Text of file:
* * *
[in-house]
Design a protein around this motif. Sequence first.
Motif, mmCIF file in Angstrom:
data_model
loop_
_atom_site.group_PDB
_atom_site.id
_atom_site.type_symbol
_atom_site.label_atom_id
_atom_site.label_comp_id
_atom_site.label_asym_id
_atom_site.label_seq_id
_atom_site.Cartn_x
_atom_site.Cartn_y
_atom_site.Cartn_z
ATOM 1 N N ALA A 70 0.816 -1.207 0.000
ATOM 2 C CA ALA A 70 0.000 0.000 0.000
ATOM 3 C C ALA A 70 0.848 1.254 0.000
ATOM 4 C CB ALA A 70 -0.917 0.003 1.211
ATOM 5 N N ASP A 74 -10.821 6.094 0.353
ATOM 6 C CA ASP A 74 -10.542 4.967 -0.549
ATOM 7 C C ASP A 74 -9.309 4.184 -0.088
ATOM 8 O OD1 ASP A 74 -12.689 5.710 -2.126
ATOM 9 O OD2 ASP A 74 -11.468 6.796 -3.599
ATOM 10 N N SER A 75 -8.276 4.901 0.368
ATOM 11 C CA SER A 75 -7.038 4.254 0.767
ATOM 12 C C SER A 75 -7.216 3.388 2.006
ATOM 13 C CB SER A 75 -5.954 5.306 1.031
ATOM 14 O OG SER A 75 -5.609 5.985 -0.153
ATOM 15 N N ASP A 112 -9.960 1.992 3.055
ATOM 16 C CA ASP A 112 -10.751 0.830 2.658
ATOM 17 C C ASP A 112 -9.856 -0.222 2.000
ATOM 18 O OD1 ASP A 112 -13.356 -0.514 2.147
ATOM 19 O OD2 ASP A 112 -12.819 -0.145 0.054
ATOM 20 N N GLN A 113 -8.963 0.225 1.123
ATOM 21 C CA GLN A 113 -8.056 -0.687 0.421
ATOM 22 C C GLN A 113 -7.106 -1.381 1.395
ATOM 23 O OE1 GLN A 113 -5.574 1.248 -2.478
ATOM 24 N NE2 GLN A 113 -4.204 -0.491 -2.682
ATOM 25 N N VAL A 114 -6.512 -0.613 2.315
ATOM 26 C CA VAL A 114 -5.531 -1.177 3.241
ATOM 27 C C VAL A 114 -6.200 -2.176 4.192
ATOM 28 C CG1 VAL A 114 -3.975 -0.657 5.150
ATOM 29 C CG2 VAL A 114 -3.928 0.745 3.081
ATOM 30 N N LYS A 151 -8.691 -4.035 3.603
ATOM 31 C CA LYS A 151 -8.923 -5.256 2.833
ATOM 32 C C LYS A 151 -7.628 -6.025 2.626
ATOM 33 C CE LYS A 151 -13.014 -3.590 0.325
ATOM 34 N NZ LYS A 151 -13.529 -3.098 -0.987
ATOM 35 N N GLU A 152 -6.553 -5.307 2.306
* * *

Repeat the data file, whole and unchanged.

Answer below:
[in-house]
Design a protein around this motif. Sequence first.
Motif, mmCIF file in Angstrom:
data_model
loop_
_atom_site.group_PDB
_atom_site.id
_atom_site.type_symbol
_atom_site.label_atom_id
_atom_site.label_comp_id
_atom_site.label_asym_id
_atom_site.label_seq_id
_atom_site.Cartn_x
_atom_site.Cartn_y
_atom_site.Cartn_z
ATOM 1 N N ALA A 70 0.816 -1.207 0.000
ATOM 2 C CA ALA A 70 0.000 0.000 0.000
ATOM 3 C C ALA A 70 0.848 1.254 0.000
ATOM 4 C CB ALA A 70 -0.917 0.003 1.211
ATOM 5 N N ASP A 74 -10.821 6.094 0.353
ATOM 6 C CA ASP A 74 -10.542 4.967 -0.549
ATOM 7 C C ASP A 74 -9.309 4.184 -0.088
ATOM 8 O OD1 ASP A 74 -12.689 5.710 -2.126
ATOM 9 O OD2 ASP A 74 -11.468 6.796 -3.599
ATOM 10 N N SER A 75 -8.276 4.901 0.368
ATOM 11 C CA SER A 75 -7.038 4.254 0.767
ATOM 12 C C SER A 75 -7.216 3.388 2.006
ATOM 13 C CB SER A 75 -5.954 5.306 1.031
ATOM 14 O OG SER A 75 -5.609 5.985 -0.153
ATOM 15 N N ASP A 112 -9.960 1.992 3.055
ATOM 16 C CA ASP A 112 -10.751 0.830 2.658
ATOM 17 C C ASP A 112 -9.856 -0.222 2.000
ATOM 18 O OD1 ASP A 112 -13.356 -0.514 2.147
ATOM 19 O OD2 ASP A 112 -12.819 -0.145 0.054
ATOM 20 N N GLN A 113 -8.963 0.225 1.123
ATOM 21 C CA GLN A 113 -8.056 -0.687 0.421
ATOM 22 C C GLN A 113 -7.106 -1.381 1.395
ATOM 23 O OE1 GLN A 113 -5.574 1.248 -2.478
ATOM 24 N NE2 GLN A 113 -4.204 -0.491 -2.682
ATOM 25 N N VAL A 114 -6.512 -0.613 2.315
ATOM 26 C CA VAL A 114 -5.531 -1.177 3.241
ATOM 27 C C VAL A 114 -6.200 -2.176 4.192
ATOM 28 C CG1 VAL A 114 -3.975 -0.657 5.150
ATOM 29 C CG2 VAL A 114 -3.928 0.745 3.081
ATOM 30 N N LYS A 151 -8.691 -4.035 3.603
ATOM 31 C CA LYS A 151 -8.923 -5.256 2.833
ATOM 32 C C LYS A 151 -7.628 -6.025 2.626
ATOM 33 C CE LYS A 151 -13.014 -3.590 0.325
ATOM 34 N NZ LYS A 151 -13.529 -3.098 -0.987
ATOM 35 N N GLU A 152 -6.553 -5.307 2.306